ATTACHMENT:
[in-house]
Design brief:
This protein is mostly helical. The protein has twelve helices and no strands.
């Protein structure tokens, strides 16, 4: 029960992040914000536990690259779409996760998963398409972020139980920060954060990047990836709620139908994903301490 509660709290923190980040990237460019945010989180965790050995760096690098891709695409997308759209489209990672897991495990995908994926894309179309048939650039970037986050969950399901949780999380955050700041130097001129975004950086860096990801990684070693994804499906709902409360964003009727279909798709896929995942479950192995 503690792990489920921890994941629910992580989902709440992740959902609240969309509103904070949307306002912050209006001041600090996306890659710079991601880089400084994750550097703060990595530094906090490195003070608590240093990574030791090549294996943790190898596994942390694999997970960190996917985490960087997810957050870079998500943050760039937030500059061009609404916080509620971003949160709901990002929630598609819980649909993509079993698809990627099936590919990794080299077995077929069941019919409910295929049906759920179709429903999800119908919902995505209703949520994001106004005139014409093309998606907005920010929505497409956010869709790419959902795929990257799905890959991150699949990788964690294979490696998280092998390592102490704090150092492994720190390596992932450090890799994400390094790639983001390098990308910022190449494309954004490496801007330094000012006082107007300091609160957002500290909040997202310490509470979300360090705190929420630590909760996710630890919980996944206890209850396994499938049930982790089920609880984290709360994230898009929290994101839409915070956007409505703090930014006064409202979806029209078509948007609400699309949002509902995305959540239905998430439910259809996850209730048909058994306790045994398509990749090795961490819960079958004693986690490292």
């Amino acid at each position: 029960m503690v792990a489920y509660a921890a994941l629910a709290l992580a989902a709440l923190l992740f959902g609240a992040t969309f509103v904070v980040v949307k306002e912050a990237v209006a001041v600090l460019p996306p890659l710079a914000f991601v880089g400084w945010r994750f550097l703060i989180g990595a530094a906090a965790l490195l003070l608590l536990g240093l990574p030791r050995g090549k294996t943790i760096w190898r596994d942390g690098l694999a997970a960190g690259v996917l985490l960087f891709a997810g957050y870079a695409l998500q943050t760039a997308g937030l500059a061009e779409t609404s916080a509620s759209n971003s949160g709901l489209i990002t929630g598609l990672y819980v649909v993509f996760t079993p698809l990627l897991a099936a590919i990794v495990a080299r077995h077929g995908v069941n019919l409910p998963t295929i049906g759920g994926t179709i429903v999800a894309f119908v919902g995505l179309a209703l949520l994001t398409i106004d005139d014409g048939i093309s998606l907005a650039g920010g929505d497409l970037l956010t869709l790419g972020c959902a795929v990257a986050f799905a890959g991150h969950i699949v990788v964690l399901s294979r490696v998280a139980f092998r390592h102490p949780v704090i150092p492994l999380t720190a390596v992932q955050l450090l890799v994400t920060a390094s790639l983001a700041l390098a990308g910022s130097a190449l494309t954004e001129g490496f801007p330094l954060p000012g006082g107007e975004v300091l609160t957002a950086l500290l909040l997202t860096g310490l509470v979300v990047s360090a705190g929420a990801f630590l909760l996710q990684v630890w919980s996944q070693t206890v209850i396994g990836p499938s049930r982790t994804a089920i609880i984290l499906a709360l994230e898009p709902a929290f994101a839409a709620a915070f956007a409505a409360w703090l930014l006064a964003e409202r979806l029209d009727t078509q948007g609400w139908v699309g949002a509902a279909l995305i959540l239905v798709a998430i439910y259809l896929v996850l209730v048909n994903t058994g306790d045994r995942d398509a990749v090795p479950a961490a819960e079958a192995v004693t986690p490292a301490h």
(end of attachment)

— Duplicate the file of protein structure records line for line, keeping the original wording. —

[in-house]
Design brief:
This protein is mostly helical. The protein has twelve helices and no strands.
């Protein structure tokens, strides 16, 4: 029960992040914000536990690259779409996760998963398409972020139980920060954060990047990836709620139908994903301490 509660709290923190980040990237460019945010989180965790050995760096690098891709695409997308759209489209990672897991495990995908994926894309179309048939650039970037986050969950399901949780999380955050700041130097001129975004950086860096990801990684070693994804499906709902409360964003009727279909798709896929995942479950192995 503690792990489920921890994941629910992580989902709440992740959902609240969309509103904070949307306002912050209006001041600090996306890659710079991601880089400084994750550097703060990595530094906090490195003070608590240093990574030791090549294996943790190898596994942390694999997970960190996917985490960087997810957050870079998500943050760039937030500059061009609404916080509620971003949160709901990002929630598609819980649909993509079993698809990627099936590919990794080299077995077929069941019919409910295929049906759920179709429903999800119908919902995505209703949520994001106004005139014409093309998606907005920010929505497409956010869709790419959902795929990257799905890959991150699949990788964690294979490696998280092998390592102490704090150092492994720190390596992932450090890799994400390094790639983001390098990308910022190449494309954004490496801007330094000012006082107007300091609160957002500290909040997202310490509470979300360090705190929420630590909760996710630890919980996944206890209850396994499938049930982790089920609880984290709360994230898009929290994101839409915070956007409505703090930014006064409202979806029209078509948007609400699309949002509902995305959540239905998430439910259809996850209730048909058994306790045994398509990749090795961490819960079958004693986690490292």
């Amino acid at each position: 029960m503690v792990a489920y509660a921890a994941l629910a709290l992580a989902a709440l923190l992740f959902g609240a992040t969309f509103v904070v980040v949307k306002e912050a990237v209006a001041v600090l460019p996306p890659l710079a914000f991601v880089g400084w945010r994750f550097l703060i989180g990595a530094a906090a965790l490195l003070l608590l536990g240093l990574p030791r050995g090549k294996t943790i760096w190898r596994d942390g690098l694999a997970a960190g690259v996917l985490l960087f891709a997810g957050y870079a695409l998500q943050t760039a997308g937030l500059a061009e779409t609404s916080a509620s759209n971003s949160g709901l489209i990002t929630g598609l990672y819980v649909v993509f996760t079993p698809l990627l897991a099936a590919i990794v495990a080299r077995h077929g995908v069941n019919l409910p998963t295929i049906g759920g994926t179709i429903v999800a894309f119908v919902g995505l179309a209703l949520l994001t398409i106004d005139d014409g048939i093309s998606l907005a650039g920010g929505d497409l970037l956010t869709l790419g972020c959902a795929v990257a986050f799905a890959g991150h969950i699949v990788v964690l399901s294979r490696v998280a139980f092998r390592h102490p949780v704090i150092p492994l999380t720190a390596v992932q955050l450090l890799v994400t920060a390094s790639l983001a700041l390098a990308g910022s130097a190449l494309t954004e001129g490496f801007p330094l954060p000012g006082g107007e975004v300091l609160t957002a950086l500290l909040l997202t860096g310490l509470v979300v990047s360090a705190g929420a990801f630590l909760l996710q990684v630890w919980s996944q070693t206890v209850i396994g990836p499938s049930r982790t994804a089920i609880i984290l499906a709360l994230e898009p709902a929290f994101a839409a709620a915070f956007a409505a409360w703090l930014l006064a964003e409202r979806l029209d009727t078509q948007g609400w139908v699309g949002a509902a279909l995305i959540l239905v798709a998430i439910y259809l896929v996850l209730v048909n994903t058994g306790d045994r995942d398509a990749v090795p479950a961490a819960e079958a192995v004693t986690p490292a301490h």